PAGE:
That was it. I tried several times to delete it from fix-search, thought I 
had it a couple of times, but it was still there. When I finally succeeded 
in deleting it, and then re-added it it seems to be sticking around when I 
switch between the branches. Thanks!

On Wednesday, October 3, 2012 4:13:25 PM UTC-7, Peter J Weisberg wrote:
>
> On Wed, Oct 3, 2012 at 3:54 PM, Jeffery Brewer 
> <jeffery...@gmail.com<javascript:>> 
> wrote: 
> > I have files I move around between several different environments, and 
> in 
> > each environment I have a config file (web.config) that is unique to 
> each 
> > environment. 
> > 
> > I make changes on my machine, push them to a repository, move to a 
> > development machine and "pull" them from the repository, then move them 
> to 
> > to a test machine and "pull" them from the repository, etc. 
> > 
> > Through some trial and error I figured out that "most of the time" if I 
> put 
> > my web.config into my .gitignore file everything works fine, but not 
> always. 
> > 
> > Right now I'm spending my afternoon trying to figure out why whenever I 
> > checkout the "master" branch it deletes my web.config file. It happens 
> like 
> > this. I will have my web.config file in my directory and then checkout a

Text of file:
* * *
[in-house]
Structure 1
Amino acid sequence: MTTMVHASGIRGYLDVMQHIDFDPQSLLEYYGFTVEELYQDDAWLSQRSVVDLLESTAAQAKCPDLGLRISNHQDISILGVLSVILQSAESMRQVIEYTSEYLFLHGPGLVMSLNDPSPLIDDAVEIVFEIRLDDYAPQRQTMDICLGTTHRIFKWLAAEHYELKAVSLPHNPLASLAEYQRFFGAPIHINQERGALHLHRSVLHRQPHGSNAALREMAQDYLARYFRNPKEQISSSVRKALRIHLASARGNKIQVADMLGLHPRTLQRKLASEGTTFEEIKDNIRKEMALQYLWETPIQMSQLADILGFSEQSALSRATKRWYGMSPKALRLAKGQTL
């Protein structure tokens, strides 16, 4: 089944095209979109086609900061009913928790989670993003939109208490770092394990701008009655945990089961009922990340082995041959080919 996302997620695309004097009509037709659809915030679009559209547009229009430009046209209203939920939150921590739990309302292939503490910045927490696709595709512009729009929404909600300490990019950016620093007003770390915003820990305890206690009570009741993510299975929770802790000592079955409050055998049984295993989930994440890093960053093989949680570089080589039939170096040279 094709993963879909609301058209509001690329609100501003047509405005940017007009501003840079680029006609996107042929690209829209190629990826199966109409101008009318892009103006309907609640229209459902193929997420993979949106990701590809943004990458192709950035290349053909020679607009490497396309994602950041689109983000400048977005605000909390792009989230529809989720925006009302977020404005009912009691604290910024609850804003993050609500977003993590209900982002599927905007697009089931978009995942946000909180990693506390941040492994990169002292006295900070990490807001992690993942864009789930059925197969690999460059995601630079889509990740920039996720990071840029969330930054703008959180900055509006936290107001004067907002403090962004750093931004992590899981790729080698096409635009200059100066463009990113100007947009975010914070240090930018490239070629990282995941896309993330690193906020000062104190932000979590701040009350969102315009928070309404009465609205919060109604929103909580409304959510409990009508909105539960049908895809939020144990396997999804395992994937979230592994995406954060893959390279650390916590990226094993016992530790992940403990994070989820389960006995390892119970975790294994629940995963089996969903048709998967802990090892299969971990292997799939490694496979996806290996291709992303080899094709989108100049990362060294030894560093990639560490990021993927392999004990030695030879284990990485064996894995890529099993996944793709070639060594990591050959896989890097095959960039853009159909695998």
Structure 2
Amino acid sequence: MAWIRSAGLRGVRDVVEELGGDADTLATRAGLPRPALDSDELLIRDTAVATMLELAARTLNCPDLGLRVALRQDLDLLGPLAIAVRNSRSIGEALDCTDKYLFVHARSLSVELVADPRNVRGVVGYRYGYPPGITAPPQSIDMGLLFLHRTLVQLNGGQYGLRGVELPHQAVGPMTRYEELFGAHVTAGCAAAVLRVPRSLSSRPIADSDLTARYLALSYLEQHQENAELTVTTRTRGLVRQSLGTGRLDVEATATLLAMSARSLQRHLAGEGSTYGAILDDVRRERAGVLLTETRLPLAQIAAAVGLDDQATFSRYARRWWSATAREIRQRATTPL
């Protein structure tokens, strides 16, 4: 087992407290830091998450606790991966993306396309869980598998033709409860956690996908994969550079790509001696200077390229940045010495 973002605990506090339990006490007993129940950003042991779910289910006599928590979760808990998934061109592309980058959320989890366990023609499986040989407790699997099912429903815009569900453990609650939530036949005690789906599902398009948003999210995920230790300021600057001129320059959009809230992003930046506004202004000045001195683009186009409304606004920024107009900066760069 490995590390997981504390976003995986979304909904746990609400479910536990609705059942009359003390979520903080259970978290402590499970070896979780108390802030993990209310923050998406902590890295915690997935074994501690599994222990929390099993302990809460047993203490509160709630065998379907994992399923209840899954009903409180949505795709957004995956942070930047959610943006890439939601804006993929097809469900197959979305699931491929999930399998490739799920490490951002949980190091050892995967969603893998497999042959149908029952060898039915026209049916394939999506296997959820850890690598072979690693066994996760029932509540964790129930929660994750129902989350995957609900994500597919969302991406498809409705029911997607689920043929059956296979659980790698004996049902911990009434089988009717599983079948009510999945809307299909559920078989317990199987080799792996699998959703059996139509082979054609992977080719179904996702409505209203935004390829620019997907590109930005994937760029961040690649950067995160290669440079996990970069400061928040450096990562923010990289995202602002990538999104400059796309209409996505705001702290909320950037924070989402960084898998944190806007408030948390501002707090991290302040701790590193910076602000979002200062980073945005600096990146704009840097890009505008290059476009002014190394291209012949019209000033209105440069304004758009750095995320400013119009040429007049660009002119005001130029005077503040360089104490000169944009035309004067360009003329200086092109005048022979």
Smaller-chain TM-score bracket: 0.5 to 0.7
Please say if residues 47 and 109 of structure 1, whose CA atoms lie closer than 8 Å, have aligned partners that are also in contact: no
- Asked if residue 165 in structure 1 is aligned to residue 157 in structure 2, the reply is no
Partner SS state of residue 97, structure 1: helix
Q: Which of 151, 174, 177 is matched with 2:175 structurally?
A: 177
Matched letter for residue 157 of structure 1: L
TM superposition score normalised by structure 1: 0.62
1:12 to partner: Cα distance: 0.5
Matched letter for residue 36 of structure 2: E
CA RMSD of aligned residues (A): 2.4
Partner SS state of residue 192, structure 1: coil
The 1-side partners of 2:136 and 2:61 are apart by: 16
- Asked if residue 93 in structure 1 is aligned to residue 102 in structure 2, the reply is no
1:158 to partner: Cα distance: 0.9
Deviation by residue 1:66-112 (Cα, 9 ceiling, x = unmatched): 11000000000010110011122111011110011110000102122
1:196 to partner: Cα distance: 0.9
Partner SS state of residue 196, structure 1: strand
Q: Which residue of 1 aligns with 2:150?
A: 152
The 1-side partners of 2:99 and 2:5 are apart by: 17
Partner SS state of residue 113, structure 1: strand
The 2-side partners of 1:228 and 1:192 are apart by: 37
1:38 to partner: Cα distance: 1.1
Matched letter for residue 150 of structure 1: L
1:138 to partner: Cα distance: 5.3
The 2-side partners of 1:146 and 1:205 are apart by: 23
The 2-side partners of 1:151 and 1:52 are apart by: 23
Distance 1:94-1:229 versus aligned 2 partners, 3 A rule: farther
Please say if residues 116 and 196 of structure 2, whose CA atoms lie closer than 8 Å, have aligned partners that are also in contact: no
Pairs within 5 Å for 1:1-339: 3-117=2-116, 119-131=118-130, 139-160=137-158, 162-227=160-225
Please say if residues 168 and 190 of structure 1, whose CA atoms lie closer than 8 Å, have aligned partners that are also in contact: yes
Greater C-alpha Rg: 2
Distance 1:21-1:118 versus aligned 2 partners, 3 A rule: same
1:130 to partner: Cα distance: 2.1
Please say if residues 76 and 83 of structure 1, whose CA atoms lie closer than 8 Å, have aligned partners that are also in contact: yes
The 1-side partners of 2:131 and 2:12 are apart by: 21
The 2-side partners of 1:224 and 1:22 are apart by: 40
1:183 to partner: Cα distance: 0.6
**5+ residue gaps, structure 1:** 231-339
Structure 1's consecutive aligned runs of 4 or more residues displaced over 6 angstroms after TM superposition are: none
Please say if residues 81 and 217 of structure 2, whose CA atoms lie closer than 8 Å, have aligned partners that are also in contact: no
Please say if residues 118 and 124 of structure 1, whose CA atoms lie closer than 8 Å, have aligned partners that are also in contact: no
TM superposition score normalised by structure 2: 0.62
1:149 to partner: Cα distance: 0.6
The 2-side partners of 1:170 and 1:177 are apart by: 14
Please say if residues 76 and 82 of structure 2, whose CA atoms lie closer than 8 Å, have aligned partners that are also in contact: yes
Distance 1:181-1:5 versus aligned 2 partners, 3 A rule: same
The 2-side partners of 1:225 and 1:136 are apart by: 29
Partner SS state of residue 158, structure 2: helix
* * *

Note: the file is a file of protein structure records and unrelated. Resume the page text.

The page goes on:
> > branch into that directory (e.g. git checkout new-search) and everything 
> is 
> > fine. If I switch to another branch (e.g. git checkout fix-search) 
> > everything is fine as well. But when I check out the master branch (e.g. 
> git 
> > checkout master) it deletes my web.config file. 
> > 
> > Why is it deleting my config file and more importantly, how can I get it 
> to 
> > stop doing that so that I can spend my time working on code and not 
> fussing 
> > with git? 
>
> My guess is that web.config is committed in the fix-search branch. 
> When you switch to fix-search, that version of web.config is written 
> to the working tree (overwriting the file that was there, which was 
> ignored and therefore uninteresting, so Git didn't bother to tell you 
> about it).  Then when you switch from fix-search to master, Git checks 
> to see if web.config in the working tree is the same as it is in 
> fix-search.  If so, then there are no changes to deal with when 
> switching branches, and it can be safely updated to its 'master' state 
> (nonexistent). 
>
> -PJ 
>
> Gehm's Corollary to Clark's Law: Any technology distinguishable from 
> magic is insufficiently advanced. 
>

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